RURAL CHAMPAIGN — Lyle Brock was 14 years old when he competed in tractor pulls at the Champaign County and Fisher fairs. Sixty-one years later, his 17-year-old granddaughter will be the driver on a tractor the pair restored this year.
Grace Brock of Pesotum will compete Saturday in the Champaign County Fair in the 4250 Barnyard Children’s Division, the next-to-lightest class.
The tractor, a 1960 340 International utility tractor, was built the same year Brock last competed in a tractor pull.
It had sat undisturbed in a fence row for more than 20 years. When the elder Brock was asked if he wanted it, he jumped at the chance.
“I thought, ‘Shoot, I’ll just see if I can get it running,’” he said.
“What makes it a little different, it’s a military version of that tractor. They didn’t make a whole lot of them. I thought, ‘Maybe I’ll see if anybody wants it.’ My granddaughter said, ‘I’d like to pull that.’ I thought, ‘There goes my pocket book.’”
The Brocks have been restoring the tractor since May. Both of them took part in the sanding and painting part of the restoration, and Grandpa used the opportunity to teach his granddaughter some mechanics.
“I decided to teach her tools,” Brock said. “I sent her to the tool box to get the right wrenches or socket. After a while I gave her a quiz.”
She passed with flying colors.
Brock said he doubts the tractor will win. That’s fine. It’s not about the finish; it’s about the journey.
But Grace chimed in, “‘No, Pa Pa, it’s a champion.’”
“I thought it would be good to put in the county fair, not knowing I would be the one driving it. This is a new experience for me,” she said.
Grace, daughter of Barry and Suzanne Brock of Pesotum, will be a senior this fall at Unity.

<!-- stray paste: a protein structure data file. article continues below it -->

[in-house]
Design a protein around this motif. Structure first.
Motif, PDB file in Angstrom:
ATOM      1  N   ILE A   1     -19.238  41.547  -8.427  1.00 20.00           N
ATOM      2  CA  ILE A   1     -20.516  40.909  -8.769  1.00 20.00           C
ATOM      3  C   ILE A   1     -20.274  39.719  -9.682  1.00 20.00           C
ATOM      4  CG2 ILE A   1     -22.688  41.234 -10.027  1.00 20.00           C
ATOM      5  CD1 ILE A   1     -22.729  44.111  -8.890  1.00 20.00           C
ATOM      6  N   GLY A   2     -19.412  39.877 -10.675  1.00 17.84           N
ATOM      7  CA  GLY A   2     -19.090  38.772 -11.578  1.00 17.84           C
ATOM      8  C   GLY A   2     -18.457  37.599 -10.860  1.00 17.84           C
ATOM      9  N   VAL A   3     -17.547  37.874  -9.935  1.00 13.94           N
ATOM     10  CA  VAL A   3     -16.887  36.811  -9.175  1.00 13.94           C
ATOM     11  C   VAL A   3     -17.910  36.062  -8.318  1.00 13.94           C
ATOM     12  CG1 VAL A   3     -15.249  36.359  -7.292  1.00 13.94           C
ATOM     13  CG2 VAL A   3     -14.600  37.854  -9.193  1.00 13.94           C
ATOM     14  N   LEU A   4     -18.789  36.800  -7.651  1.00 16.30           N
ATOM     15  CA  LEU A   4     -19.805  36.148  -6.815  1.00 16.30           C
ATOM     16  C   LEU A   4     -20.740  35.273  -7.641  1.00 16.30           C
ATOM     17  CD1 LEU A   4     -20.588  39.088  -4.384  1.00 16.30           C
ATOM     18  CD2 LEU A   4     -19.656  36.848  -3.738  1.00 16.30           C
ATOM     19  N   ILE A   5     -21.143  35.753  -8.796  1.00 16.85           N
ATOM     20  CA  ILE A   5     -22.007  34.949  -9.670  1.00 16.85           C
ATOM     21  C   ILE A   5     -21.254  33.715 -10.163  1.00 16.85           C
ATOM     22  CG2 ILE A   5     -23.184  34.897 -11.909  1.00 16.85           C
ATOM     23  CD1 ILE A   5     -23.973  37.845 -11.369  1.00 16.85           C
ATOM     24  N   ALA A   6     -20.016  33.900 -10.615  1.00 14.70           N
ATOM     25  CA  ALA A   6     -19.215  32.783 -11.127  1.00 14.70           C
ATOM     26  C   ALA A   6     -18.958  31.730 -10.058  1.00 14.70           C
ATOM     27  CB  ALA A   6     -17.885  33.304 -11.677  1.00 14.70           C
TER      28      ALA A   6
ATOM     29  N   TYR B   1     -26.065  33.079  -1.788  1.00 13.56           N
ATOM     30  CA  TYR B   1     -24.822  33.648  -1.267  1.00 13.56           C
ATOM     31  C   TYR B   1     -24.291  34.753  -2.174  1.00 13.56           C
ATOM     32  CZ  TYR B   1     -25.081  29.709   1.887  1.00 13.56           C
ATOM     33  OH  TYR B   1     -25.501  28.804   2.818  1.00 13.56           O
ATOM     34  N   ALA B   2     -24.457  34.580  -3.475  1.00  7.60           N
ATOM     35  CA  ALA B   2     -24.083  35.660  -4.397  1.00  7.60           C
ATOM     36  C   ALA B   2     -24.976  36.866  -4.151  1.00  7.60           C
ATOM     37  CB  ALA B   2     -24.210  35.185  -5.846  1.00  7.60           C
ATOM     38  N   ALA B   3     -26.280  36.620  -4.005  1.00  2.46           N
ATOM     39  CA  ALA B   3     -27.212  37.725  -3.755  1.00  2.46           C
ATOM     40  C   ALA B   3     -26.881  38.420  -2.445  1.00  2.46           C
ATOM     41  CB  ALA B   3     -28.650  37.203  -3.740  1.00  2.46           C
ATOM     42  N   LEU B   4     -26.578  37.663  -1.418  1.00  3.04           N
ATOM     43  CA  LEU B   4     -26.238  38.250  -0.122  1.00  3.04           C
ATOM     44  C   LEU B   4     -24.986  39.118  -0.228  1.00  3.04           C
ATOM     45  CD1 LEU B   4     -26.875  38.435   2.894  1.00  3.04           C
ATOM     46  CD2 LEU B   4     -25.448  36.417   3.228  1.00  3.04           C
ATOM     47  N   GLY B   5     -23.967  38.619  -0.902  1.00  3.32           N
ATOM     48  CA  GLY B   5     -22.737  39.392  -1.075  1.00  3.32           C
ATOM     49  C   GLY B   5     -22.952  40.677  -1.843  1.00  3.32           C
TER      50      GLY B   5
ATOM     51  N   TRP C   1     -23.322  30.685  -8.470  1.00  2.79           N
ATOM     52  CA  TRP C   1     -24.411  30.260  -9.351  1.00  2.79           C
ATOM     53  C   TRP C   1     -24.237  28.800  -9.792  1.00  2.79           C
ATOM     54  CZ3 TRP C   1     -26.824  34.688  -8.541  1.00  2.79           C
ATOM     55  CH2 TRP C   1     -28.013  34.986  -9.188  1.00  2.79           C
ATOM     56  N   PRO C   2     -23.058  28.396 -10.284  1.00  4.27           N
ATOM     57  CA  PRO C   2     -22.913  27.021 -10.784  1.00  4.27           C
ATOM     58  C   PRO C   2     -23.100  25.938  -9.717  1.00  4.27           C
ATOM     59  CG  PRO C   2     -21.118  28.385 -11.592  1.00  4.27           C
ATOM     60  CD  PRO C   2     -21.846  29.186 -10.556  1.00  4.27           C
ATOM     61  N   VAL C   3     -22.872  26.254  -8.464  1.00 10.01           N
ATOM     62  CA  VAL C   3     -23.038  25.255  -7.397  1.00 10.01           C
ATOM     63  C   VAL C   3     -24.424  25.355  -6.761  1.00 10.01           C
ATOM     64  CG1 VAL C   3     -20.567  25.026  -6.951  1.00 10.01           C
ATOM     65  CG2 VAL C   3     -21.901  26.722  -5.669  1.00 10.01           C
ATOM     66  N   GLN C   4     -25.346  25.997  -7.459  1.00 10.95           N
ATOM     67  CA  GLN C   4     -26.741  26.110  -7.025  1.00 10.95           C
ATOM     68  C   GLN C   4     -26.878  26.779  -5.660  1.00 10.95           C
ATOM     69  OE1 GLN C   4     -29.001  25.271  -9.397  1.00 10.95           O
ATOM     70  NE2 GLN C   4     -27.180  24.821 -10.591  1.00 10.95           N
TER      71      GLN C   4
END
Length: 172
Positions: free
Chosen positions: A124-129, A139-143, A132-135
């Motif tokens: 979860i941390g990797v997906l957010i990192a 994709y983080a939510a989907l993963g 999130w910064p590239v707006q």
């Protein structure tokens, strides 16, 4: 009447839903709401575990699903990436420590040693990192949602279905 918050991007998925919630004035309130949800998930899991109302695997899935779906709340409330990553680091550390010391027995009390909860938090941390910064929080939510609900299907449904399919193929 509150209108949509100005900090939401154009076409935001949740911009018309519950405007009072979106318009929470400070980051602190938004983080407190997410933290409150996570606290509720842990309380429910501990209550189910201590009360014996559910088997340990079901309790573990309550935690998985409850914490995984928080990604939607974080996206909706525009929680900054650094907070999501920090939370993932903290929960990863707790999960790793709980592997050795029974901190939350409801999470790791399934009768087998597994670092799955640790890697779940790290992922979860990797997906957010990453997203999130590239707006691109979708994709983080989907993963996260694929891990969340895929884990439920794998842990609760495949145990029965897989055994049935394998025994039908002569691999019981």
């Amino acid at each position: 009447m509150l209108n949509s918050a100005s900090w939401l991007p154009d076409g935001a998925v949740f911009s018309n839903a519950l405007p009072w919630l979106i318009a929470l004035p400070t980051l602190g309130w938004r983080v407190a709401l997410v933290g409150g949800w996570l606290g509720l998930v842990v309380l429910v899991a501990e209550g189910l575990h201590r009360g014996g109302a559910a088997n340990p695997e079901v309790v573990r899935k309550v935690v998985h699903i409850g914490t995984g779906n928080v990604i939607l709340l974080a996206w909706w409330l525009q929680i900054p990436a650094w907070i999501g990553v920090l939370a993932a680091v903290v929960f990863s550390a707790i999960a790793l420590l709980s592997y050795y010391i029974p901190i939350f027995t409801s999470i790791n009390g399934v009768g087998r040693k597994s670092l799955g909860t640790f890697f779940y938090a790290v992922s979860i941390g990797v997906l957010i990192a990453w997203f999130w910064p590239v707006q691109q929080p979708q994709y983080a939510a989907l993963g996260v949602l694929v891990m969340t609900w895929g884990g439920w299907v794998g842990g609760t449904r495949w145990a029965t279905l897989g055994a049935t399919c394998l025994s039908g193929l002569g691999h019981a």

“I’m excited to see what it’s like,” she said of the tractor pull.
Grace apparently likes to get involved. At Unity, she plays on the soccer team, is on the Student Council, competes in Scholastic Bowl and is a member of National Honor Society.
She and her grandfather set aside Tuesdays and Thursdays during the summer to work on the tractor.
“It’s been interesting,” she said. “I’ve never really dealt with remodeling tractors or putting tractors together. To work with my grandpa and see what knowledge he has ... I’ve learned a lot these past few weeks.”
She said it takes “a lot of patience” to do the mechanical work.
Because it was a military version, the tractor was not equipped with power steering or a hydraulic system. It does have a power take-off.
Brock, who is retired from the State Highway Department, knows his mechanics. He has been working with the Parkland College diesel program.
He used his wife’s eBay account to order parts — so many that the UPS driver knew to head to the machine shed to make deliveries.
The tractor was in rough shape when the Brocks got it. The entire tractor had to be pulled apart. The large drive wheels weren’t on it.
The work also included removing four layers of yellow paint and repainting it. The fuel system was plugged with rust. There was a bird’s nest in the fuel tank.
Brock installed an electronic ignition so it would start easier.
“We didn’t do any major work on it,” Brock said. “We wanted to see how it would perform before we invested in a complete overhaul.”
Running down the road, the front tires began to come apart.
New gauges, ignition switches and other basic parts the mice had chewed up had to be replaced.
Brock showed off his new toy at the recent I&I Historic Farm Days show in Penfield, where he learned the tractor put out about 40 horsepower.
Both grandfather and granddaughter are glad for the renovation project, regardless of Saturday’s results.
“I told her, ‘Grace, you’re 17, and before you know it you’re going to be off to college. I just enjoy the time to spend with you.’” Brock said.